This is it folks, I am now officially a resident of Berlin, Germany! After over 2 years in Paris, it was about time for me to move. Here's to a new adventure!!!
But wait a second. An international move doesn't happen with a snap! In this article, I list all the tasks I had to go through to make my move as smooth and painless as possible.
Months in advance
First, I recommend reaching out to https://www.expath.de/, they're specialized in helping people move to Germany. I used their services. They also assign you a "coach", a person who will help you once you make it to Berlin. This person is going to help you register, find an apartment, etc. They can assist over emails too.
Also, I suggest you start selling the furniture you don't want to keep as soon as possible, as it can take days or weeks for people to buy it. If you wait too long, you'll most likely end up underselling your stuff.
Weeks in advance
- Cancel your home internet subscription
- Get information about how to cancel your home insurance
- Cancel utilities subscriptions (electricity, water)
- Redirect/forward mail
Finding a short-term flat
- https://wunderflats.de - registration is almost always possible, this is the website I recommend
- https://www.airbnb.com - always ask beforehand if registration is possible
Days after moving
You must ask your temporary landlord to provide you with a document called Wohnungsgeberbestätigung. Ideally get the original document, not a scan. This is the document you'll be bringing to the Bürgeramt (police station or city hall) on the day you register, alongside your ID.
Make sure to book a slot for registration ASAP, as it usually takes weeks to get an appointment. Bring the following documents:
- Registration Form filled in (can also be found at the Bürgeramt): Anmeldung bei einer Meldebehörde
- EU ID or passport
- Mietvertrag (lease)
- Wohnungsgeberbestätigung filled out by landlord
Also note that you are required to notify the Bürgeramt when you leave (Abmelden).
Finding a long-term flat
There are two types of SCHUFAS: the one with the actual credit score (called SCHUFA BonitätsAuskunft), and the one that only states whether you have any debts or not (called SCHUFA Bonitätscheck). In most cases, the latter is enough. You can get it for 30 euros at www.immobilienscout24.de.
Regarding the actual search now, here are the most used websites:
- www.immobilienscout24.de - definitely the one I recommend most
Beware of scams on these websites, as you would do in any other country. When it's too good to be true, it's most likely a scam. Also, you should never send any private document before going to a viewing.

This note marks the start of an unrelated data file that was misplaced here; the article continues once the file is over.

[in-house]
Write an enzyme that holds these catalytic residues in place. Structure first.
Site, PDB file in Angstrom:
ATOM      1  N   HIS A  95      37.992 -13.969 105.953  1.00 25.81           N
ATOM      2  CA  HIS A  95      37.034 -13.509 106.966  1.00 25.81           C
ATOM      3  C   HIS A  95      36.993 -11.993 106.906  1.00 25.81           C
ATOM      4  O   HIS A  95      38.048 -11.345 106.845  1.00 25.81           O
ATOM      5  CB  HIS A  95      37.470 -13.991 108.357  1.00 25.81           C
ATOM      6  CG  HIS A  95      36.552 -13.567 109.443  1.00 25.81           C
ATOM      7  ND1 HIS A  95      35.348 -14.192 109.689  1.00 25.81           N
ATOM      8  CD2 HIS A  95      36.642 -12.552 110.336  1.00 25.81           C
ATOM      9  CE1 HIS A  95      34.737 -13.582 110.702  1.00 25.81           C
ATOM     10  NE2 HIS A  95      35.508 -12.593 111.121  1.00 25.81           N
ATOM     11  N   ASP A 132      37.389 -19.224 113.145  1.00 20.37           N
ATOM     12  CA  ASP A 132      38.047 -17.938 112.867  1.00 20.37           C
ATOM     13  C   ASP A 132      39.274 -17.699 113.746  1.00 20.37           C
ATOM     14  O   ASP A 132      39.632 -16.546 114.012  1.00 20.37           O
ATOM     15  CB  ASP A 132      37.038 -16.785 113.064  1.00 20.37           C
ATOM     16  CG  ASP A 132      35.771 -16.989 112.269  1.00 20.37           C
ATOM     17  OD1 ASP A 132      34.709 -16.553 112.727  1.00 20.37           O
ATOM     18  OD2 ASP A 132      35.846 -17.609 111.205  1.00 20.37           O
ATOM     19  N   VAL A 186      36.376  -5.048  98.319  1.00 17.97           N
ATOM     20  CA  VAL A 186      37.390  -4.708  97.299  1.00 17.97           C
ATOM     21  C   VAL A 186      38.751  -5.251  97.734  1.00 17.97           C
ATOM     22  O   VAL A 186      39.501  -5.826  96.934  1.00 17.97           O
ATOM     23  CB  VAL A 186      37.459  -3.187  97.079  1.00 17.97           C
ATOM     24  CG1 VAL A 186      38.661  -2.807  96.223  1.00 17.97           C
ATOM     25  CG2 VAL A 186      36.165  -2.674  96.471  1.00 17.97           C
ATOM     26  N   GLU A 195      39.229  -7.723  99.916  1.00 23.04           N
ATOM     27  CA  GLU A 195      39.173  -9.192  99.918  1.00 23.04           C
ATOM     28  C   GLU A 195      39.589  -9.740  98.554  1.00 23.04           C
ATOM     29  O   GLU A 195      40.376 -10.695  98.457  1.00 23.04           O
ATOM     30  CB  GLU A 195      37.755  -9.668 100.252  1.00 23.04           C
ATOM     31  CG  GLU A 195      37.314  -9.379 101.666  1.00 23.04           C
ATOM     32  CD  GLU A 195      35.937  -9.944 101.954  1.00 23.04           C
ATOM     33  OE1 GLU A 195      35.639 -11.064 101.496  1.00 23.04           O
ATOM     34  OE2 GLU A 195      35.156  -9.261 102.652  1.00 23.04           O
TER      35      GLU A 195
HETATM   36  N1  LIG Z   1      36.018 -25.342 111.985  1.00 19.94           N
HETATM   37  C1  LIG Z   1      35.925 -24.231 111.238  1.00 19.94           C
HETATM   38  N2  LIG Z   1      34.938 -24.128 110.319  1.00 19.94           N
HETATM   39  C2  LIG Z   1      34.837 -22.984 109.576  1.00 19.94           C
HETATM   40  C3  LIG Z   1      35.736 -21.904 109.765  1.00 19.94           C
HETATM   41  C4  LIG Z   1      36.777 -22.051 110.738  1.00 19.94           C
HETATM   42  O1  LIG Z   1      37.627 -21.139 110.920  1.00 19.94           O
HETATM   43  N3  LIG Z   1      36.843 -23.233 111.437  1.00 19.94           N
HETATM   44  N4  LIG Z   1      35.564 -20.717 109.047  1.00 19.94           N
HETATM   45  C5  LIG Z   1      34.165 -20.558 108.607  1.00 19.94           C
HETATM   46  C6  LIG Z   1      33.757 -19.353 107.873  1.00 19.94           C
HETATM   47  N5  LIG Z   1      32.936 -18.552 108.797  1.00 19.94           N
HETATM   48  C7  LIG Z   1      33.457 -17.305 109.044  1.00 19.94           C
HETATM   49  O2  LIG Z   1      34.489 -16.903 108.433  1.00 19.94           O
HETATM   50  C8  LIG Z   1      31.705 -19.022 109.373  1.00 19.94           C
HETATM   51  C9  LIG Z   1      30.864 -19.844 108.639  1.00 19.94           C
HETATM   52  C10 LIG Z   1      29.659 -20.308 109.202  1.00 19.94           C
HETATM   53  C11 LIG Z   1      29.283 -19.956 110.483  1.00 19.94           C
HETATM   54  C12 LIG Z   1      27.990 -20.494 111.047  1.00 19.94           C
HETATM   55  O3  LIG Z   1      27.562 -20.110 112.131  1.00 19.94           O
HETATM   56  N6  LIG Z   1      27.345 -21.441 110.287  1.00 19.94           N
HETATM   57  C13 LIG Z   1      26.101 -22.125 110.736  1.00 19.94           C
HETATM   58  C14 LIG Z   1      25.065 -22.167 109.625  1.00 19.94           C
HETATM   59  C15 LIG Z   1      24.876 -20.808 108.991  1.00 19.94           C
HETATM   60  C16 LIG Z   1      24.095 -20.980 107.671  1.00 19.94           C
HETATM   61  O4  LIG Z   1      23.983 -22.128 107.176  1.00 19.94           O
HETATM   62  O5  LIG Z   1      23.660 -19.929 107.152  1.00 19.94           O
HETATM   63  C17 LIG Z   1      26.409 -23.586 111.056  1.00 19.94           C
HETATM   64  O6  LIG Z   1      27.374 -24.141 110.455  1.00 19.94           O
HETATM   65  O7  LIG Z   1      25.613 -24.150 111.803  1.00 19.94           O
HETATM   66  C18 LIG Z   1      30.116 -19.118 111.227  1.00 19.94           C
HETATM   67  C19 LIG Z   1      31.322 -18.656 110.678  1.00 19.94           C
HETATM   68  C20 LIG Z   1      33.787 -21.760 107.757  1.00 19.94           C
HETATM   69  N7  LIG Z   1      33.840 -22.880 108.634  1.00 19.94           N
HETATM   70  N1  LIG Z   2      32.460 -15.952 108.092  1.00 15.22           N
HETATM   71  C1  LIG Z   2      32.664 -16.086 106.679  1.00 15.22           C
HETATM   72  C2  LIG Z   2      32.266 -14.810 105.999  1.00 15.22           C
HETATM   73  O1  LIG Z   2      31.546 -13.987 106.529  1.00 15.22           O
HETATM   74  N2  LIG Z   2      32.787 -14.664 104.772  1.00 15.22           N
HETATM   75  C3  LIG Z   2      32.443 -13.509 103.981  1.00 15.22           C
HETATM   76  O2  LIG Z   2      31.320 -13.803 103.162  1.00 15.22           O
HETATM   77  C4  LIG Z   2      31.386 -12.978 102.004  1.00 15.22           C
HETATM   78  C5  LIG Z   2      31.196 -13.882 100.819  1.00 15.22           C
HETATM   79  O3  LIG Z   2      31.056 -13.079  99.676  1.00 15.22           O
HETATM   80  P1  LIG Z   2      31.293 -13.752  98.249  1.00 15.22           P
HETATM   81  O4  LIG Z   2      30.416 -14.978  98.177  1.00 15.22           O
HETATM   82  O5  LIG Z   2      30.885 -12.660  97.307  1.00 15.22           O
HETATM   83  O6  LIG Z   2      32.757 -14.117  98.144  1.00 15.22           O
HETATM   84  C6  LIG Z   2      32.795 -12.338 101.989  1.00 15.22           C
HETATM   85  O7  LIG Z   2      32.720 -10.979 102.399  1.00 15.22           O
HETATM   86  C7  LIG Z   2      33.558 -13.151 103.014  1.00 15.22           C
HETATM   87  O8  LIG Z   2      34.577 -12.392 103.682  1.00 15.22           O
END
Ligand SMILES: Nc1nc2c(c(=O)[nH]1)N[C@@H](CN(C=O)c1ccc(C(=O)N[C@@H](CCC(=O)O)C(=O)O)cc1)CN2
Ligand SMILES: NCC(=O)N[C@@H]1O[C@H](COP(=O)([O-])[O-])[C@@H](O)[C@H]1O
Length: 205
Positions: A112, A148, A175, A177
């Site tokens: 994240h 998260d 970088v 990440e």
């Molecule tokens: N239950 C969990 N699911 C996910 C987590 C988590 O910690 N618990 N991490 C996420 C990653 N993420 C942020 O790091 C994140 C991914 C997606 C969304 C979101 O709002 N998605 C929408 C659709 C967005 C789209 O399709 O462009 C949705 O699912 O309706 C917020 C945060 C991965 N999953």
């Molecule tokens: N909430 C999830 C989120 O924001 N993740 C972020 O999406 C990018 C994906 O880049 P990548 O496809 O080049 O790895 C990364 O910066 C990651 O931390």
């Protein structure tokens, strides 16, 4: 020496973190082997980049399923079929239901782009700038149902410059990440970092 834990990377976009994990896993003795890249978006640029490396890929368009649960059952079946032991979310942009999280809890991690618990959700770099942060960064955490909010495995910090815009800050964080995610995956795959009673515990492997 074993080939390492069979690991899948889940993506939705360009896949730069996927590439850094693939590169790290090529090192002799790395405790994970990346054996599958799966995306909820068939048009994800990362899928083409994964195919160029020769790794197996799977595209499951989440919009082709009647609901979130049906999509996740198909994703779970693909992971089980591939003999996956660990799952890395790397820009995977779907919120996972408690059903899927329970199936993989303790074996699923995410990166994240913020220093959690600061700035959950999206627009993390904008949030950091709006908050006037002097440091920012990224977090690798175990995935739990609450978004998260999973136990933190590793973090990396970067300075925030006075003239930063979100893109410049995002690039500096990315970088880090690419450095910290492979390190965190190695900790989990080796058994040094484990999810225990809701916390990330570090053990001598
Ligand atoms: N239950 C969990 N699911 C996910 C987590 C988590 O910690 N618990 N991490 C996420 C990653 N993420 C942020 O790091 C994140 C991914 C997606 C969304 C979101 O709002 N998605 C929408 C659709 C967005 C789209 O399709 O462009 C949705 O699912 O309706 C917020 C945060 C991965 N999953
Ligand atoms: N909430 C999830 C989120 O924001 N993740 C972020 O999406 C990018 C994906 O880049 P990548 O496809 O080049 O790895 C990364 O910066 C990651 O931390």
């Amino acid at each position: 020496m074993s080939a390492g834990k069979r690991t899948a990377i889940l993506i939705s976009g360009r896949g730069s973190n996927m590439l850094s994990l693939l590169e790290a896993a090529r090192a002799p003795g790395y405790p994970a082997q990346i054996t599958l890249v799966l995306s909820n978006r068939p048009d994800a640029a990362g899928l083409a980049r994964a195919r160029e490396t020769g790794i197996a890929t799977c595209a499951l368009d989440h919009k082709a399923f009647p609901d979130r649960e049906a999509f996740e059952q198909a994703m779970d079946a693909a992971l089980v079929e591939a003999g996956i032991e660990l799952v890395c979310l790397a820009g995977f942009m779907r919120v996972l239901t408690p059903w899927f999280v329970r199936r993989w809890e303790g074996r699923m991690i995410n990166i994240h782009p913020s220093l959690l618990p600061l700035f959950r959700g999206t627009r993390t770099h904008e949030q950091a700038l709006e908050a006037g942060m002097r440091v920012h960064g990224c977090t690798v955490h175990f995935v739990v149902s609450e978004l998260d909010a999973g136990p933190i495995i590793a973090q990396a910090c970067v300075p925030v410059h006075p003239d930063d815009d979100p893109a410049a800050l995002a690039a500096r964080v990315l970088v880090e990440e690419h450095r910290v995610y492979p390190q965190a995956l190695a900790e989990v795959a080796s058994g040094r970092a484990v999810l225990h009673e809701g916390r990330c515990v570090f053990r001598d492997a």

Speaking of which, go to viewings prepared. Bring a file with the following documents:
- A nice introduction about you with a picture. Make sure to state if you own pets, if you have children, whether you smoke or not and if you play music. Explain why you're looking for an apartment.
- Mieterselbstauskunft: find a template online and pre-fill it. Most landlords provide their own versions: in such a case, use theirs and fill it in while doing the viewing.
- Passport/ID scans
- Scan of your Anmeldung
- Scan of SCHUFA
- Copy of work contract (Arbeitsvertrag): only include relevant pages (first and last pages usually, as well as the page that says your salary -- make sure to highlight it in yellow!!! -- also if you're not on a probationary period make sure to include the page stating that
- Last three payslips (Gehaltsabrechnungen)
- Proof of timely payments to your previous landlord (Mietschuldenfreiheitsbescheinigung). A letter from them will do.
You may also be asked to send these documents digitally after the viewing.
Here you'll find additional advice about the apartment search.
Weeks after moving
Consider opening a German bank account, you might need it to get paid for example. The easiest solution remains N26 though.
Germans are known to like insurances, so much that many various ones exist. Only a few are required by law though:
- Health insurance: I was told to stick with public insurance (as opposed to private) and go with TK as they are big and English-friendly.
- Work insurances: you get them automatically as soon as you start working, no need to worry here.
- Vehicule insurance: if you own a car only.
Other optional insurances but highly recommended are:
- Liability insurance (called Haftpflichtversicherung): more info. In a nutshell, the 3 ones I saw and heard about repeatedly that are English-friendly and managed through an app are: GetSafe, Coya and PopSure. You can compare others here. Axa is apparently big and has a reputation in Germany. Same for Allianz. Anyway, a decent price is around 50 euros a year.
- Household contents insurance (called Hausratversicherung): only if you have valuable items or piece of furniture at home. It also covers bikes.
- Get a bike and read BikeInBerlin.com
- Register your bike (other link here)
- Go to flea markets or bike flea markets
- Get a monthly or yearly public transport ticket. Good to know: with a monthly (and surely a yearly one) subscription, you can bring a friend along on the weekend and on weekdays after 8pm for free.
- Read settle-in-berlin.com
- Moving? Instead of renting a truck, rent a cargo bike for free